HARRISON, N.Y. – While gas prices typically drop in the weeks following Labor Day, Harrison residents may have noticed there’s been no relief at the pump recently.
Though the summer driving season is over, New Yorkers continue to pay among the most money for gas, averaging $4.14 per gallon – tied with Connecticut for the second highest in the nation and trailing only California, which pays $4.32 per gallon.
AAA New York spokesperson Robert Sinclair Jr. said, however, that the situation is going to change.
“Relief should be in sight. It might take weeks, but it should be in sight,” he said. “We’re out of the summer driving season, and we don’t have the same demand. That said, we’re still vulnerable because we’re in hurricane season until Nov. 30, and whatever goes on overseas can have an effect on us.”
He also said stations have switched to the cheaper winter blend gas, which will help hold prices down.
Sinclair said the East and West coasts are experiencing inventory problems, which are leading to higher prices.
“The rest of the country is seeing prices drop, but we’re experiencing spikes on both coasts,” he said. “The prices flattened for a while, but then they jumped up because of refinery and inventory issues.”
Nationally, prices have settled at $3.78 per gallon, down about 4 cents from a month ago. However, prices in New York have risen 15 cents as the state deals with the lack of inventory.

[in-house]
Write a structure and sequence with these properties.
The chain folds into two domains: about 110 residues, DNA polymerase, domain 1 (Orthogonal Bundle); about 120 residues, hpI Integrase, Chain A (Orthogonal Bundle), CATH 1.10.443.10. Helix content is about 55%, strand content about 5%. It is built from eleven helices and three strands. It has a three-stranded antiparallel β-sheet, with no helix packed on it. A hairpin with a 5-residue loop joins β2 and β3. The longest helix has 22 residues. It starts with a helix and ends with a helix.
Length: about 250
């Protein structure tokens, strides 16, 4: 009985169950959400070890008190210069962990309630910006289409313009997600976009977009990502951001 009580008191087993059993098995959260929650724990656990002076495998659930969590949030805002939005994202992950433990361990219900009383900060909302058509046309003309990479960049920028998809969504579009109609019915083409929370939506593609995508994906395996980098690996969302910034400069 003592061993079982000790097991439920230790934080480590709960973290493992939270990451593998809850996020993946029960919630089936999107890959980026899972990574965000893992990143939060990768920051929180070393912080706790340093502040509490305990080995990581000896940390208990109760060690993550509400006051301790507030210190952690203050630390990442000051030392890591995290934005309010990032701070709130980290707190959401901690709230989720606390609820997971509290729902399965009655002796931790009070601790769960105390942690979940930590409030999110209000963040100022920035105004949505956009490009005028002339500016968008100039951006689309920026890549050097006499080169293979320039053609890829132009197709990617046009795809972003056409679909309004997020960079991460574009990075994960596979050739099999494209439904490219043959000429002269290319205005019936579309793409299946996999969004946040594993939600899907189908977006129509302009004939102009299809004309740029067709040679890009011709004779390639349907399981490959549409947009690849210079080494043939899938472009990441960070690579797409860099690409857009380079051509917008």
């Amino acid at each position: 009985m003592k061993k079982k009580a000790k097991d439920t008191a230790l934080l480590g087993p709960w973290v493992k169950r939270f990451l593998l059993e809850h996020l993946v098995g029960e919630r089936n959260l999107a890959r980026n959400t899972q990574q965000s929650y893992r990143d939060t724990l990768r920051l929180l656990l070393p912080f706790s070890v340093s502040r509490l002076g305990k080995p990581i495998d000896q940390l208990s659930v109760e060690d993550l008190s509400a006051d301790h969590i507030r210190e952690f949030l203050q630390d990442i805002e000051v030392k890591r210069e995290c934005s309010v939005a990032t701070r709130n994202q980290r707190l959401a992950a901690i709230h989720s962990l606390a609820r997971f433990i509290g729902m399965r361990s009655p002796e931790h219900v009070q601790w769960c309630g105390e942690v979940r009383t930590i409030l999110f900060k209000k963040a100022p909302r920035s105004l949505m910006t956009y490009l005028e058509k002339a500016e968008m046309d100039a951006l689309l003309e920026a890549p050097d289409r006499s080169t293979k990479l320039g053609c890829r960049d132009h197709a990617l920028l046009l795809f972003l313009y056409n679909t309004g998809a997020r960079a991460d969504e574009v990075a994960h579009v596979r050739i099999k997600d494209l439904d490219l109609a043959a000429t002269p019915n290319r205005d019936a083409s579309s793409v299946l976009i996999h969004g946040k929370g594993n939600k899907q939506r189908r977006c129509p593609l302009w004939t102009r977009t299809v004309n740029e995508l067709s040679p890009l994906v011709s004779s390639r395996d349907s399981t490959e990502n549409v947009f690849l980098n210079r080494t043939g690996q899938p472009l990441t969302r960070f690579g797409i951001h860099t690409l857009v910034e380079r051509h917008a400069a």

“For our region, we just don’t have the inventory to deal with the demand,” Sinclair said. “We just have to deal with surges in the market when they happen.”
According to NewYorkGasPrices.com, the cheapest gas in Harrison can be found at Shell for $4.29 a gallon. Throughout Westchester County, the cheapest gas can be found at Getty on White Plains Road, for $3.99 a gallon, though premium will cost $4.31 a gallon.
Judith Clark, a librarian at the Harrison Public Library who lives in New Rochelle, is grateful that she has only a five-mile commute.
“I do know people several years ago who lived in Westchester County, but they would go over to New Jersey to buy gas because it was less money,” she said. “But with me, my commute is so short.”
Clark added that she is not happy with the gas prices, but feels worse for those in California, and said the issue could affect who wins the presidential election.
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